Frank Fiore – Novelist & Screenwriter

February 13, 2010

The Promise and Threat of RFID

Filed under: CyberKill — Frank Fiore @ 11:23 AM

In the Novel CyberKill, I touch on a lot of information technology. One such piece is what’s known as RFID chips.

RFID chips are becoming more and more popular. Invented in 1969 and patented in 1973, RFID tags are essentially microchips – the tinier the better. Some are only 1/3 of a millimeter across. These chips act as transponders (transmitters/responders), always listening for a radio signal sent by transceivers, or RFID readers. When a transponder receives a certain radio query, it responds by transmitting its unique ID code back to the transceiver. Most RFID tags don’t have batteries because most are only 1/3 of a millimeter. Instead, they are powered by the radio signal that wakes them up and requests an answer.

Their invention is a story in itself.

The inventors wanted to improve the technology of artificial intelligence. Their goal was to write AI software that would recognize what it sees. Quite a challenge.

They were not reaching the results they wanted until one developer came up with a simple solution. Instead of writing a program that would recognize what it sees, why not have the object just tell the AI program what it is? Thus, the idea of the RFID chip was born.

So what’s the problem?

Well, information technology is getting very complex – and moving faster every day. Our political leaders upstairs in the Adminisphere can’t keep up with it. They have to talk to geeks, corporate people, beltway advisors, academic elites, and the like, to help them understand what’s going on. In effect, letting the experts set the agenda, even influencing the politician’s decisions on what to do and what policies and laws to enact.

Read – Un-elected advisors. Advisors to our political leaders we didn’t elect to make policy decisions regarding technology. We elected representatives. But they know so little about the effects of all this technology that they concede to the advisors and, more often than not, legislating what they say.

RFID tags are quickly being attached to the products we wear, eat and carry. These ‘chips’ have shrunk to half the size of a grain of sand and soon to nano size and listen for a radio query, then respond by transmitting their unique ID code. In the not so distant future, RFID chips in your fridge at home will tell you when your milk has spoiled or if you’re out of butter. RFID chips will monitor and track your money, your passport, even your medicine intake.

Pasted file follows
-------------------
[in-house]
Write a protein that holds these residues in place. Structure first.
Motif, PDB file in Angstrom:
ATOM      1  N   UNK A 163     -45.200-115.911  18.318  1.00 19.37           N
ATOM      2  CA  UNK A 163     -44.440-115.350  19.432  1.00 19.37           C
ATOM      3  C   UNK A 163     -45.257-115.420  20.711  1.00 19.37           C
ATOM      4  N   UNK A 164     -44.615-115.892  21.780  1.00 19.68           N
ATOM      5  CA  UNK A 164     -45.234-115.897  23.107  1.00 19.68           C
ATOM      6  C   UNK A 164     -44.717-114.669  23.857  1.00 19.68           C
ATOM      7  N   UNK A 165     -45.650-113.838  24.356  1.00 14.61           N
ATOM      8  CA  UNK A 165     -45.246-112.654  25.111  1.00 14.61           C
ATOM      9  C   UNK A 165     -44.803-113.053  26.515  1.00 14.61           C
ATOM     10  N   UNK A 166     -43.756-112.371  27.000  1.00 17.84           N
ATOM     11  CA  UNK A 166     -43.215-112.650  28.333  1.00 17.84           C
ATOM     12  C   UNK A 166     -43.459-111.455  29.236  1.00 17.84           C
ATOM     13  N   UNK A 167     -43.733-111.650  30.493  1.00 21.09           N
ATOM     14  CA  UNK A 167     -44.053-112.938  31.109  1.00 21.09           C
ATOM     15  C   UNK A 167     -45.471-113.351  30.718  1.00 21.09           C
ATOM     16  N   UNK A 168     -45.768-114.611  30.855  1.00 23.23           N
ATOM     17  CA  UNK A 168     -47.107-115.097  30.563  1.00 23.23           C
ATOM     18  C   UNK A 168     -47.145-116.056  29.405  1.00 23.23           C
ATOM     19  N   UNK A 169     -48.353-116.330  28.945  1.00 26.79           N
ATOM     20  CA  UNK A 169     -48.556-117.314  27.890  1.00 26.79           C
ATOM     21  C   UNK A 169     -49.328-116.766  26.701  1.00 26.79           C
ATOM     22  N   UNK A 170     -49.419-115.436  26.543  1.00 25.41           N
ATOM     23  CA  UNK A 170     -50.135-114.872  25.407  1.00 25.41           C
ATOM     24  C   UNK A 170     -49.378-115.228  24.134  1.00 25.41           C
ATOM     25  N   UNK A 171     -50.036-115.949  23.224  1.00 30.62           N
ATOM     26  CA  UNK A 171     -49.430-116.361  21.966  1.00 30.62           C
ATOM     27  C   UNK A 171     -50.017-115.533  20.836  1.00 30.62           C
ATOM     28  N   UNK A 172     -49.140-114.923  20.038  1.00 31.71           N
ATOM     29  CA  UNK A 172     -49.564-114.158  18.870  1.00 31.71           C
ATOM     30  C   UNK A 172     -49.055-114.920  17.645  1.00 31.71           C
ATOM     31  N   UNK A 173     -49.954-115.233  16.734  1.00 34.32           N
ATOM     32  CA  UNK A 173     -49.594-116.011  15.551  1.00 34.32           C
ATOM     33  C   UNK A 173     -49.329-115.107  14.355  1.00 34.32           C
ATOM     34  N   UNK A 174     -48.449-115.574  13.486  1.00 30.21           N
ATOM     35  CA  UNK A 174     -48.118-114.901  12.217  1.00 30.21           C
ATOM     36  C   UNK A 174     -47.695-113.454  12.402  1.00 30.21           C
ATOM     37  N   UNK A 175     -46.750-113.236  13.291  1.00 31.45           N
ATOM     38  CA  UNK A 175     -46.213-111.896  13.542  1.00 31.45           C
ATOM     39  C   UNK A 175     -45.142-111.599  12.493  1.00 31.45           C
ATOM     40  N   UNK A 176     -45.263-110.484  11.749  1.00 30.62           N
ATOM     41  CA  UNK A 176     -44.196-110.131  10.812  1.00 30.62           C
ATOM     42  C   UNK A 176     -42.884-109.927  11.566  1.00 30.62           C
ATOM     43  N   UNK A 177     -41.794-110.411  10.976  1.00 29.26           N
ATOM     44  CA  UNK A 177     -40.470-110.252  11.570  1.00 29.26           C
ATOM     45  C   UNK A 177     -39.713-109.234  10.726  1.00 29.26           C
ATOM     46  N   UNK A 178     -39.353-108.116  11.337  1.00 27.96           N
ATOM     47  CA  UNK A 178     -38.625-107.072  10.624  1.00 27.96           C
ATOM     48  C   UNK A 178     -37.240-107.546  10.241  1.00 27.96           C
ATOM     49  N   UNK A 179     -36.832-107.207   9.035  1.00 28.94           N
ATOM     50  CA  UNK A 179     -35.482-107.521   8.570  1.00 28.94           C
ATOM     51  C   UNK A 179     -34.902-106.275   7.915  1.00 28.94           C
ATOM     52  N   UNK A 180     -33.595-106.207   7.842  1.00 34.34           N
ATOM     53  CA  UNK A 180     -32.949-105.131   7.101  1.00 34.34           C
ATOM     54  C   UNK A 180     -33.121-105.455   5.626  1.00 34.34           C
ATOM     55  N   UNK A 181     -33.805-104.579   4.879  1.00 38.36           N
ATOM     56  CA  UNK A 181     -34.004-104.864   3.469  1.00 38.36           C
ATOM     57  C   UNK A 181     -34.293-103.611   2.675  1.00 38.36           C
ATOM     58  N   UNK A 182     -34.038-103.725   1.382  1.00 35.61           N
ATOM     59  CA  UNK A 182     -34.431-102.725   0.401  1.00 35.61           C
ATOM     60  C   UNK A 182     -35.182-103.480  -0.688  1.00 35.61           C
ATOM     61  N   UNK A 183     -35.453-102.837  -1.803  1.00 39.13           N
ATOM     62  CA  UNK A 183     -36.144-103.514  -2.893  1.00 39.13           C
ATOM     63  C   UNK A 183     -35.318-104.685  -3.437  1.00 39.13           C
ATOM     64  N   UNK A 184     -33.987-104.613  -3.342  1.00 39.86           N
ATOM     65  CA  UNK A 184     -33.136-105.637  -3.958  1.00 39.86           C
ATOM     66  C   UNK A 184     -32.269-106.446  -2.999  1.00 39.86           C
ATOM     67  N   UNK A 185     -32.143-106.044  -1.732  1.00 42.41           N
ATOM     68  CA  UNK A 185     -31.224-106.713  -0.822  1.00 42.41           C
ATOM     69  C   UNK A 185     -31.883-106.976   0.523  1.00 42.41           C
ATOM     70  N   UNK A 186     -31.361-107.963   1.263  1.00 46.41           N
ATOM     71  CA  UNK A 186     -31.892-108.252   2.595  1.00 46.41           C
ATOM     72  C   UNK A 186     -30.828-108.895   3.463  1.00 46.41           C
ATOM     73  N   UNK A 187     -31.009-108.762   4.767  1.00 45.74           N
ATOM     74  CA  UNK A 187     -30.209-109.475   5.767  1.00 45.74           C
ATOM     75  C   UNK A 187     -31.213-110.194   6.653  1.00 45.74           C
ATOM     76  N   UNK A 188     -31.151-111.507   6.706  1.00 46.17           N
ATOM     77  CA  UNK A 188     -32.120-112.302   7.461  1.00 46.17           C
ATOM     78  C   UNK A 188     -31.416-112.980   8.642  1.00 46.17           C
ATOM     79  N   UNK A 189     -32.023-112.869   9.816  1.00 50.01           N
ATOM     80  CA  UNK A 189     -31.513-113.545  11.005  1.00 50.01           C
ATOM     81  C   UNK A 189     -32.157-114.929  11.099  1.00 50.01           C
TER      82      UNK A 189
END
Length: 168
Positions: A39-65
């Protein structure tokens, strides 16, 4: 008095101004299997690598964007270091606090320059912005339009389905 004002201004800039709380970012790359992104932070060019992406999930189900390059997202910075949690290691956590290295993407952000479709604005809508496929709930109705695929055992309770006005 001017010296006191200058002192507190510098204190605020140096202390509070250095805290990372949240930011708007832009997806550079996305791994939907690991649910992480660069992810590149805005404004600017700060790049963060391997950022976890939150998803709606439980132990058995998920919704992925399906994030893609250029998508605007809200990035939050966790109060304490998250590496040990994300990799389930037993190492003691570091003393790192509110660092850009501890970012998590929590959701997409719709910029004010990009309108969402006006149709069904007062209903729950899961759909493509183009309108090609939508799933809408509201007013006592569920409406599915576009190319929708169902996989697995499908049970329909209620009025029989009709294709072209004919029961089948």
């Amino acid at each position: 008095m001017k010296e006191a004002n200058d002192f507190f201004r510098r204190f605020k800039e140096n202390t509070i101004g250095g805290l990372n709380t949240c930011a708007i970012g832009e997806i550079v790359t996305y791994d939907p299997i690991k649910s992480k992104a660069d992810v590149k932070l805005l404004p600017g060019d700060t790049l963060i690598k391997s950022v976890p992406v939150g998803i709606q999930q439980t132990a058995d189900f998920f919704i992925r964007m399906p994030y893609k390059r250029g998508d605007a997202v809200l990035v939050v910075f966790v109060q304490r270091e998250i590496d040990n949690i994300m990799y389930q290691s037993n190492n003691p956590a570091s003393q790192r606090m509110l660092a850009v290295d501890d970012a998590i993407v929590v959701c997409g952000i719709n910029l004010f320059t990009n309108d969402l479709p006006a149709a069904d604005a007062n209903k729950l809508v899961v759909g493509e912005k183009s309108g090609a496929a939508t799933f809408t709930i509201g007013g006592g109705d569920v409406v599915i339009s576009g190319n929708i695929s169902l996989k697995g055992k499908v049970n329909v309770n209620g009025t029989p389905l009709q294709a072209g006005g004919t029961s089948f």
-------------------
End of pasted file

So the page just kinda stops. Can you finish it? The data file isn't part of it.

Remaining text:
You buy a T-Shirt at the Gap.

The Gap links the T-shirt’s RFID tag with the credit card chip you used to buy it and recognizes you, by name; and when you return, assaults you with flashing ads based on your spending patterns – just like in the movie Minority Report.

It’s easy to imagine a scenario where everything you buy that’s more expensive than a Mars bar will sport RFID tags. That raises the possibility of being tracked though our personal possessions. And the guys who make the decisions in our government are going along with it. Why? Because they don’t fully understand the ramifications of the technology, and more importantly to their constituents, it creates a huge cost savings for business. – At a possible cost to our personal freedoms. All that’s needed to pick up this transmitted information is a passive receiver. And, the police gain a trendy method of constant, cradle-to-grave surveillance.

Technology keeps getting smarter and our leaders seem to be getting stupider.

Big Brother anyone?



  1. […] The Promise and Threat of RFID « Frank Fiore – Novelist & Screenwriter […]

    Pingback by Forex News Day Trading Signal – 11 07 07 | — February 13, 2010 @ 11:35 AM | Reply

  2. Social comments and analytics for this post…

    This post was mentioned on Twitter by followthenovel: The Promise and Threat of RFID. RFID chips are touched upon in my novel CyberKill -threat or promise?

    Trackback by uberVU - social comments — February 13, 2010 @ 3:13 PM | Reply

  3. If you use a credit card, cell phone and obviously you are using the internet, you have already given up your privacy. What you do, how you do it, where you do it and how much you pay to do it is already available to anyone that really wants to know about you. If people do not like this aspect of the exchange of privacy for convenience, then they should stop using those services. You still have a choice. The consumer will utimately make or kill a technology and it won’t be about “privacy” or “big brother” it will be about convenience and cost.

    Comment by John Baker — February 14, 2010 @ 5:09 PM | Reply

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    Comment by finance personal software — March 2, 2010 @ 10:17 AM | Reply

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